Example Sci-fi Baseline Values

              Food: 0

              Fuel: 3

              Industrial Parts: 1

              Manufactured Goods: -1

              Ore: 1

              Technology: 2

              Timber: -1


              Demand adjusts the value of a commodity. Roll a d20 on the table below and add the modifier to the commodity’s Baseline value. This gives you the Adjusted Demand value of a good in a settled area. Reset the Adjusted Demand value once each month of in-game time.


              Demand Table
              Demand Roll Demand Modifier
              1-2 None -2
              3-5 Low -1
              6–12 Normal +0
              13–15 High +1
              16–18 Very High +2
              19 Extreme +3
              20 Desperate +4
              The commodity’s Adjusted Demand value is subtracted from Wealth rolls when buying and is added to Networking rolls when selling.


              Example

              The Rusty Raven lands in a metropolis and inquires about the price of fuel. The GM rolls a 19 on the demand table indicating that the fuel on this planet is in Extreme demand. The fuel has an Adjusted Demand value of 6 (3 baseline + Extreme demand modifier).

              Buying


              The traders make a Wealth roll when purchasing goods (follow normal Wealth rules) and subtract the Adjusted Demand value of the commodity from their Wealth roll. Note: If the Adjusted Demand is a negative number don't forget that subtracting a negative number changes it to addition.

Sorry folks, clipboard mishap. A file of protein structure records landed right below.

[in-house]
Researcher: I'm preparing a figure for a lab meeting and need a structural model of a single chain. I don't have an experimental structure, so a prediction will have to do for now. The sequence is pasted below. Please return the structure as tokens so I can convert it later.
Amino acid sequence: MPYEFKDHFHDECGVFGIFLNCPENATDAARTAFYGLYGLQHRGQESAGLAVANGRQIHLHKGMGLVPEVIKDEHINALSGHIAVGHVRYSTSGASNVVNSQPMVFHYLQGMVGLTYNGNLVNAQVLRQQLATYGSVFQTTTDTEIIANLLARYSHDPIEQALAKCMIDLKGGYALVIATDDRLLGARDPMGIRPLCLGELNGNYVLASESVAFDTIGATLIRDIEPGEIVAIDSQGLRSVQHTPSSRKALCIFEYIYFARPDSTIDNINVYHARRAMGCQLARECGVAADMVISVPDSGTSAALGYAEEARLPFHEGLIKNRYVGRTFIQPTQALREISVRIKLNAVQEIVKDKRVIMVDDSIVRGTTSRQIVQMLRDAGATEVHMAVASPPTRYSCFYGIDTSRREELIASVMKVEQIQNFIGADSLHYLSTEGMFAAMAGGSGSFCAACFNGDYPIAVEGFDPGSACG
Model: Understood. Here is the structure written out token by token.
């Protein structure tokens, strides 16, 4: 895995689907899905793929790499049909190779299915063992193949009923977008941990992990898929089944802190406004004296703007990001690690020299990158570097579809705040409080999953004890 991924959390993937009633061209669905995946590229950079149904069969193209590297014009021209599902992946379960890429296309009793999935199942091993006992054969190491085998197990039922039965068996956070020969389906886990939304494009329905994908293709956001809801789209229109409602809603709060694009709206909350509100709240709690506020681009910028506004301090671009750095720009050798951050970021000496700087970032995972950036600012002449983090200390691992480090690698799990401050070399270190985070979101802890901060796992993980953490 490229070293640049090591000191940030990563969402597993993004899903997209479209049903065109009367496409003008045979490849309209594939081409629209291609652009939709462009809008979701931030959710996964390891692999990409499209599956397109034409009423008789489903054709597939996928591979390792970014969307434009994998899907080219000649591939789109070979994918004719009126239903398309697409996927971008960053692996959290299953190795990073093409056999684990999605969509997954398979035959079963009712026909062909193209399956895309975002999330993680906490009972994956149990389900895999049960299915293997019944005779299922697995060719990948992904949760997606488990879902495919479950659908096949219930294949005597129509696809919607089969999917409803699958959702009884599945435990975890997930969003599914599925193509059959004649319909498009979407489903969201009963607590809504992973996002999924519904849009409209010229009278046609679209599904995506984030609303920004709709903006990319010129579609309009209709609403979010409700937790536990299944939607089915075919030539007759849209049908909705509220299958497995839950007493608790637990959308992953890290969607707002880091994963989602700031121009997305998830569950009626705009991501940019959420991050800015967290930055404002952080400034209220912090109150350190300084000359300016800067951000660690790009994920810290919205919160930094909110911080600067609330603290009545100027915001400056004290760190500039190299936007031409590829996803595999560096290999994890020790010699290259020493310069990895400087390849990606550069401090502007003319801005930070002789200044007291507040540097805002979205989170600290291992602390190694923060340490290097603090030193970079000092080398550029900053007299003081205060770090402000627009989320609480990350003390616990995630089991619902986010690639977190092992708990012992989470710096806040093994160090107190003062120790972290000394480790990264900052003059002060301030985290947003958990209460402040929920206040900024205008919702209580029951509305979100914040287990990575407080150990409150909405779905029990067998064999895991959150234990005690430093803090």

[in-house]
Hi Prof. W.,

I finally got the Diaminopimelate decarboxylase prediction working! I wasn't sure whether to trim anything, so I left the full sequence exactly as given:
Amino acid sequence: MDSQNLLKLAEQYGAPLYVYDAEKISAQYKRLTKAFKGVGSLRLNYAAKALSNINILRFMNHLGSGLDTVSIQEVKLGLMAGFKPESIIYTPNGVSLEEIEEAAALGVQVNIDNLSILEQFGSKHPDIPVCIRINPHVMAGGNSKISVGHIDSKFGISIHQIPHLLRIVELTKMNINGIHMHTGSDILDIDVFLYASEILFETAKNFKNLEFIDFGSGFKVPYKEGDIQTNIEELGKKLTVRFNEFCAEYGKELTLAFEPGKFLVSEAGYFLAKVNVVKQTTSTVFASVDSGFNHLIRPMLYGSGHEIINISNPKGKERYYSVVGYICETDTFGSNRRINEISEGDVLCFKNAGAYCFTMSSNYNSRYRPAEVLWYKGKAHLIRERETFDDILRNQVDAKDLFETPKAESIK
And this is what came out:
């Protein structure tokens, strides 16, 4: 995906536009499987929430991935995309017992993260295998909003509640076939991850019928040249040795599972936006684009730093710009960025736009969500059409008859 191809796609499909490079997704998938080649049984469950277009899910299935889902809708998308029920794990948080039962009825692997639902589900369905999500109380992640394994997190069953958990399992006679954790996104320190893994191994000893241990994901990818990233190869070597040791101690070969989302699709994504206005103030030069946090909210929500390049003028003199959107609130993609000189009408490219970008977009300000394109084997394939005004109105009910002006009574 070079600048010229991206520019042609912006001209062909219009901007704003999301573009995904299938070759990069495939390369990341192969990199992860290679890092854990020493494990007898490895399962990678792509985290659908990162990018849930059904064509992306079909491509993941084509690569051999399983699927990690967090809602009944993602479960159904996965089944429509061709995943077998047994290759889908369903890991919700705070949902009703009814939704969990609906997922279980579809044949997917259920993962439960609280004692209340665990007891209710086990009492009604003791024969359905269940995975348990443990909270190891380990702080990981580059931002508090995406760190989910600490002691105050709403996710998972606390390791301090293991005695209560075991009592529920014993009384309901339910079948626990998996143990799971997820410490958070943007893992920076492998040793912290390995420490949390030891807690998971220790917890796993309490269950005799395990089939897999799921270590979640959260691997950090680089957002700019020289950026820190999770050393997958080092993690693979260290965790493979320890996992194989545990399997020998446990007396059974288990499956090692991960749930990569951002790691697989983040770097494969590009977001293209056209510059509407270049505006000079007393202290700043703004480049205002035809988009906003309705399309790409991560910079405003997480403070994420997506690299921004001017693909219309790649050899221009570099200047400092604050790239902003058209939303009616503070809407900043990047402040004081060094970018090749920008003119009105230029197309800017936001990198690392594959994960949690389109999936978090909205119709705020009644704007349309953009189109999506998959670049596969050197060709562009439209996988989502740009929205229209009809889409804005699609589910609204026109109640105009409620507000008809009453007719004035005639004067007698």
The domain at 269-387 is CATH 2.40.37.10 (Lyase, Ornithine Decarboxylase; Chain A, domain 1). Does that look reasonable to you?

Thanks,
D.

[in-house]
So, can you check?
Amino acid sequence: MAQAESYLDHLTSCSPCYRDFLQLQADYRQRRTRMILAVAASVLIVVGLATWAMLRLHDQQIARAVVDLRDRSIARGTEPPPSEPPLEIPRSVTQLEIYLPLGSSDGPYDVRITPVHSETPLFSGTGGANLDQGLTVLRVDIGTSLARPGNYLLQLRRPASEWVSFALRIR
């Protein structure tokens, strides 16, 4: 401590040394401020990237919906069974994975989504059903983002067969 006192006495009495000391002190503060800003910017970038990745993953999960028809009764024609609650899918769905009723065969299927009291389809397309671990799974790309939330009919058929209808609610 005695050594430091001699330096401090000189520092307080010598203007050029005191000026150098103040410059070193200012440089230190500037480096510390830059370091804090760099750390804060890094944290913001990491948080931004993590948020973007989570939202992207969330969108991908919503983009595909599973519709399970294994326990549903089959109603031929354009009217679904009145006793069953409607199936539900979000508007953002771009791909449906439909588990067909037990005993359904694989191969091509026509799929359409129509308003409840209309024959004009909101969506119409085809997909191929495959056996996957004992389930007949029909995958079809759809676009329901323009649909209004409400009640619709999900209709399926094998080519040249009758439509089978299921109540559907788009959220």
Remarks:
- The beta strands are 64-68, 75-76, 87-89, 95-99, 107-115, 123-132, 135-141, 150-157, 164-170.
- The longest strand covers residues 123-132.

To keep things simple, assume a single purchase is a full shipment, regardless of how big (or small) the ship is (don't count unused mod slots if using the SCF). Buying and selling is therefore a relative matter.

              Examples

              The Rusty Raven crew with a d6 Wealth Die buys common food supplies at a Normal demand level (Adjusted Demand is 0) . They receive no modifier to their roll and roll a 5. A normal success means they reduce the Rusty Raven’s Wealth Die to a d4 and purchase a full cargo load of food.


              Buying timber at Normal demand would add +1 (subtracting a negative number) to the Wealth roll, and buying fuel at High demand would subtract - 4 from the Wealth roll.

              ​​​​​​​Selling


              For selling goods, use the Networking rules. Characters can make a persuasion or intimidation roll and add the Adjusted Demand of the commodity to their Networking roll. Each success and raise results in a reward for the trading Wealth Die. One reward total usually means breaking even. A Critical Fail on the roll has the same effect as a Fail and garners some other effect; attention from the authorities (tax evasion) or black market (competition), burned all the community's funds so all subsequent trading is limited as if demand is one level lower, etc.


              Example

              The crew of The Rusty Raven transport the goods to a space station that recently had their food stuffs devastated by disease. Demand is Very High so the Adjusted Demand is 2. The captain makes a persuasion check to sell the goods and rolls a 6 + 2 for a success with a raise. The Rusty Raven receives 2 Rewards and raises their d4 Wealth Die to a d8. The crew made a profit on this run!

              Comment


              • #8
                I defiantly am going to be using this! takes the pain out of book keeping! I can break down everything into units. No need to worry about size or weight. Each trade unit has a basic type and amount, but as far as cargo goes, they all weigh the same and take up the same amount of space. So a ton of Iron takes up the same space as a ton of wood. Not a perfect idea, but its what I came up with. If someone can come up with a simple system to do this better, I will use it.

                Comment